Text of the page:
Is it possible they’re expecting the students to use graphing calculators to find inverses? (That is, enter the matrix into the calculator and ask it for the inverse?)

I didn’t think to ask, but the student didn’t seem to think he should be using a calculator for any of this. I’ll ask him explicitly next time.

[/quote]
So one fairly easy method for finding inverses for certain tailor-made examples is the method using row operations.
[/quote]

You may already know this, but the examples need not be tailor made. This method works for any matrix–it finds the inverse if it exists; it shows there is no inverse when it does not exist.

Of course, if it’s not a “tailor-made” example to make the numbers work out nicely, the arithmetic can get kinda ugly, but the method still works.

As Cabbage says, this method works for any matrix. The numerically “easy” examples tend to be those for which you don’t end up with lots of fractions. One easy way to generate arbitrarily many of these examples is to just generate lots of matrices in O(3,Z), which is the group of matrices with integer entries and determinant +/- 1. For example, define some very simple matrices

``````

[ 1 1 0 ]       [ 1 0 1 ]       [ 1 0 0 ]       [ 0 1 0 ]       [ 1     ]
A = [ 0 1 0 ]   B = [ 0 1 0 ]   C = [ 0 1 1 ]   D = [ 1 0 0 ]   E = [   1   ]
[ 0 0 1 ]       [ 0 0 1 ]       [ 0 0 1 ]       [ 0 0 1 ]       [    -1 ]

``````

Multiplying these, their transposes, or their inverses together in any order gives an element of O(3,Z); since each of these matrices is trivial to invert (and also has only integer entries), if you know the order you multiplied them together you can generate their inverses just as easily, for an answer key.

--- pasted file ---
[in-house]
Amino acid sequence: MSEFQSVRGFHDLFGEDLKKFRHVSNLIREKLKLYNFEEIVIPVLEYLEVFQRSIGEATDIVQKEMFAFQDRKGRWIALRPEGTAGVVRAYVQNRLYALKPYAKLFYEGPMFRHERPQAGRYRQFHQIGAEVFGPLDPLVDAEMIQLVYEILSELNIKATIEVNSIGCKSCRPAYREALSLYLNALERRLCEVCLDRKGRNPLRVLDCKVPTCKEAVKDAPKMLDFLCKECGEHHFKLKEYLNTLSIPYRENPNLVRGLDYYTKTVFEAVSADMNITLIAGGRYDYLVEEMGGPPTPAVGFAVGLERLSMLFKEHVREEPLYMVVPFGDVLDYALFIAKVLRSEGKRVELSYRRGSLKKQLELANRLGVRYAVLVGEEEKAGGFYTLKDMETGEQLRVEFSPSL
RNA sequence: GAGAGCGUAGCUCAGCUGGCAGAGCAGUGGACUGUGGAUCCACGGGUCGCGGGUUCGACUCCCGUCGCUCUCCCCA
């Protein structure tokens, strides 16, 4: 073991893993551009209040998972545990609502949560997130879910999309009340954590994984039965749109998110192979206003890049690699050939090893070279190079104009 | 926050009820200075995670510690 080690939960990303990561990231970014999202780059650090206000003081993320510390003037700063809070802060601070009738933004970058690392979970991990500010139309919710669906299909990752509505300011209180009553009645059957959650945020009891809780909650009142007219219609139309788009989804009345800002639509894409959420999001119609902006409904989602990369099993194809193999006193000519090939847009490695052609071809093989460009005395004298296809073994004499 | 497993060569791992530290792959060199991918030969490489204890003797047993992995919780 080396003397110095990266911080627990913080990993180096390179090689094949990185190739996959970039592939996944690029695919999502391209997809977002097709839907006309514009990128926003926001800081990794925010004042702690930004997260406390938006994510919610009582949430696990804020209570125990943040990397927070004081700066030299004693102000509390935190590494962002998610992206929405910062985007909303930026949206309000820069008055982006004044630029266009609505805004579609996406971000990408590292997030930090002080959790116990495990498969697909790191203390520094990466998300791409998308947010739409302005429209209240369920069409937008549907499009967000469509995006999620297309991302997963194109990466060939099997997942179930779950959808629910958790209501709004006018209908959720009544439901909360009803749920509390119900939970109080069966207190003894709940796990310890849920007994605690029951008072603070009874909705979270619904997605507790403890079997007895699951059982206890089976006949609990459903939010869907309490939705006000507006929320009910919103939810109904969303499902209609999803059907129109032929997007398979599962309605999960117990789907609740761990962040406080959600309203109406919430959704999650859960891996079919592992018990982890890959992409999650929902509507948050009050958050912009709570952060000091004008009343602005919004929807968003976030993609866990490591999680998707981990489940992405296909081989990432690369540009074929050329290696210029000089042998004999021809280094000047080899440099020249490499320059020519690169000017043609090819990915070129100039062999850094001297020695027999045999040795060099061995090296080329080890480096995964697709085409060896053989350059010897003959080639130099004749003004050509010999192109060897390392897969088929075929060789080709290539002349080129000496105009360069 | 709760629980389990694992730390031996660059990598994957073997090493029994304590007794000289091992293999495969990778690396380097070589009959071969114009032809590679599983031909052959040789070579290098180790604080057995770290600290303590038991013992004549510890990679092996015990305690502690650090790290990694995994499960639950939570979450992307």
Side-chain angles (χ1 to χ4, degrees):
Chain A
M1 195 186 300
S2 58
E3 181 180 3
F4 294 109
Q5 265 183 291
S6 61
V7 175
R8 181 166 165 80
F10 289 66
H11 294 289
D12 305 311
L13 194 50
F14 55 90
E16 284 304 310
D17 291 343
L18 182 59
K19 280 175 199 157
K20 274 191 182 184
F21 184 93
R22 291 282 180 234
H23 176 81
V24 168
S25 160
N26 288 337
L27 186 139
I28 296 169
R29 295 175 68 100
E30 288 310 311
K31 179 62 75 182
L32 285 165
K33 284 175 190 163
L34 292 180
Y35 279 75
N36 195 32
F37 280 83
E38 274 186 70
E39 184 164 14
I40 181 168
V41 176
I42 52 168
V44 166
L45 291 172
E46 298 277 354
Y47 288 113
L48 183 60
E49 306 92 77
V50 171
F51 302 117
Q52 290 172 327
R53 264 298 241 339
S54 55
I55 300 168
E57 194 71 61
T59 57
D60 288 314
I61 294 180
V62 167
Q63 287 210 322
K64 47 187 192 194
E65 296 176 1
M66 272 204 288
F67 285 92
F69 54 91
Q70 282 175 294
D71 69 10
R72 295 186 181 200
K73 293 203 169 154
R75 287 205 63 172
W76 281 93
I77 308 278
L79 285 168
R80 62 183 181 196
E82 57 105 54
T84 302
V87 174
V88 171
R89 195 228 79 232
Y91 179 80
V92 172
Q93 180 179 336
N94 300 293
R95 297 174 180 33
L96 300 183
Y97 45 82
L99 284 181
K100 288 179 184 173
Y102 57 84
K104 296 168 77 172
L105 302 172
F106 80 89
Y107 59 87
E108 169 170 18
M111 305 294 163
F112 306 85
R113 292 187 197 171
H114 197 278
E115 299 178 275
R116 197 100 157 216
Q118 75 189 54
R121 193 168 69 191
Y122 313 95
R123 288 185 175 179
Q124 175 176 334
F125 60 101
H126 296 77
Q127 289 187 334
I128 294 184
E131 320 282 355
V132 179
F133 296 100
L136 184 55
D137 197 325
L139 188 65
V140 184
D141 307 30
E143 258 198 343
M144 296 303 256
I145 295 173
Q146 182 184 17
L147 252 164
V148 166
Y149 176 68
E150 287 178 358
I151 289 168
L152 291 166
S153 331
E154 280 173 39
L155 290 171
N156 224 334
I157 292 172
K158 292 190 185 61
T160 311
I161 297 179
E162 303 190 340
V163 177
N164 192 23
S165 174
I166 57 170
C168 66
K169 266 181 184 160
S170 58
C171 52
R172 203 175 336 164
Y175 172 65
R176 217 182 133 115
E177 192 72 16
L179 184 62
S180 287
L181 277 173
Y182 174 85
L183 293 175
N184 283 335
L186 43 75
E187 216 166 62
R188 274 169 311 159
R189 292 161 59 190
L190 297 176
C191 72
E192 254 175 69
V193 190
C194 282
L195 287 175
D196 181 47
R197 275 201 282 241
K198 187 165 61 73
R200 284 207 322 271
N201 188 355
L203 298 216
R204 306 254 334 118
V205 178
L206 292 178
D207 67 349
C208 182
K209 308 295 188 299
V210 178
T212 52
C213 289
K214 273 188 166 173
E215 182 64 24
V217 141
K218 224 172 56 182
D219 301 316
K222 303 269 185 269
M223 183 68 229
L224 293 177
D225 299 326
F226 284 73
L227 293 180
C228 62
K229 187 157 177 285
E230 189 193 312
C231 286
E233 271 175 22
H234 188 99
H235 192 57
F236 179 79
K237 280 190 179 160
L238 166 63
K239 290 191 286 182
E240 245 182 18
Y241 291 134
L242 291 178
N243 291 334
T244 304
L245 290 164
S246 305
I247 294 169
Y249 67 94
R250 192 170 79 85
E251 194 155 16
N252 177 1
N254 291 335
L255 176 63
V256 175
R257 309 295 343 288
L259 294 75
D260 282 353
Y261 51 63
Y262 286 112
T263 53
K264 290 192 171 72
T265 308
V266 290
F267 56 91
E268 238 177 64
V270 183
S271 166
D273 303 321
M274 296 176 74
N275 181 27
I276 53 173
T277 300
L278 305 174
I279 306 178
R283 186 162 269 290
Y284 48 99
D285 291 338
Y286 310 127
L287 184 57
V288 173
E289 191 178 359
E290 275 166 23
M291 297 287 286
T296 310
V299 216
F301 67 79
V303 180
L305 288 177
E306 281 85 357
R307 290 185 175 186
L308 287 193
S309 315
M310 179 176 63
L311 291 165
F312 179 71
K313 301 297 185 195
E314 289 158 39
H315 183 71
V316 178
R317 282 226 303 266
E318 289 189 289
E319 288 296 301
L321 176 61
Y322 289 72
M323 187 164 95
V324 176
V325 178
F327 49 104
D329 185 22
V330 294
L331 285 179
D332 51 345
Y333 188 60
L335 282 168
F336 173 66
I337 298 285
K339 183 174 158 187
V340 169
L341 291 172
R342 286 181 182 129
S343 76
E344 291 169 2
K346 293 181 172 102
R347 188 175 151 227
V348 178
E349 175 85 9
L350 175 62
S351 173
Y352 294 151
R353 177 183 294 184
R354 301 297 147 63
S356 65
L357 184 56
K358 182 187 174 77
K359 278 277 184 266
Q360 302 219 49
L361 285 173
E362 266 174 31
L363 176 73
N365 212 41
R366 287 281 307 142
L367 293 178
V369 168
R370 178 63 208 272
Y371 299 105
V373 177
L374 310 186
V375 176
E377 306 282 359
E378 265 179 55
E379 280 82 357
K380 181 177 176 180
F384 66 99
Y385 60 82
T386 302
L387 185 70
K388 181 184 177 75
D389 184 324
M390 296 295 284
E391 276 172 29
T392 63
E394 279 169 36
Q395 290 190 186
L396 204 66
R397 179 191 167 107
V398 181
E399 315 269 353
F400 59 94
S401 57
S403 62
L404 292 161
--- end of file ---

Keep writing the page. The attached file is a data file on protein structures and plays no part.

Of course, you should also have some exercises which involve fractions after he’s mastered the basic idea; you could add another matrix F=diag([1,1,3]) to the mix, for example.

What, only for 3 x 3 matrices and not more generally? You could always just memorize a formula for it (though it’s not at all enlightening to do so).

So one fairly easy method for finding inverses for certain tailor-made examples is the method using row operations.
[/quote]

You may already know this, but the examples need not be tailor made. This method works for any matrix–it finds the inverse if it exists; it shows there is no inverse when it does not exist.

Of course, if it’s not a “tailor-made” example to make the numbers work out nicely, the arithmetic can get kinda ugly, but the method still works.
[/QUOTE]

Yeah, I meant in the sense of examples where the student doesn’t have to get bogged down in complicated fraction arithmatic. I wanted to start with some simple examples first.

However, I had forgotten the systematic way to do the row-operations method. I was instead just trying to sort of guess at the right operations to do. Since then I’ve reconstructed/remembered the systematic way to do it–divide the whole row by the number that puts a 1 in the right place, then add multiples of the row to the other rows to get zeros in the same column, rince repeat. Creaky math muscles are coming back into shape as we speak…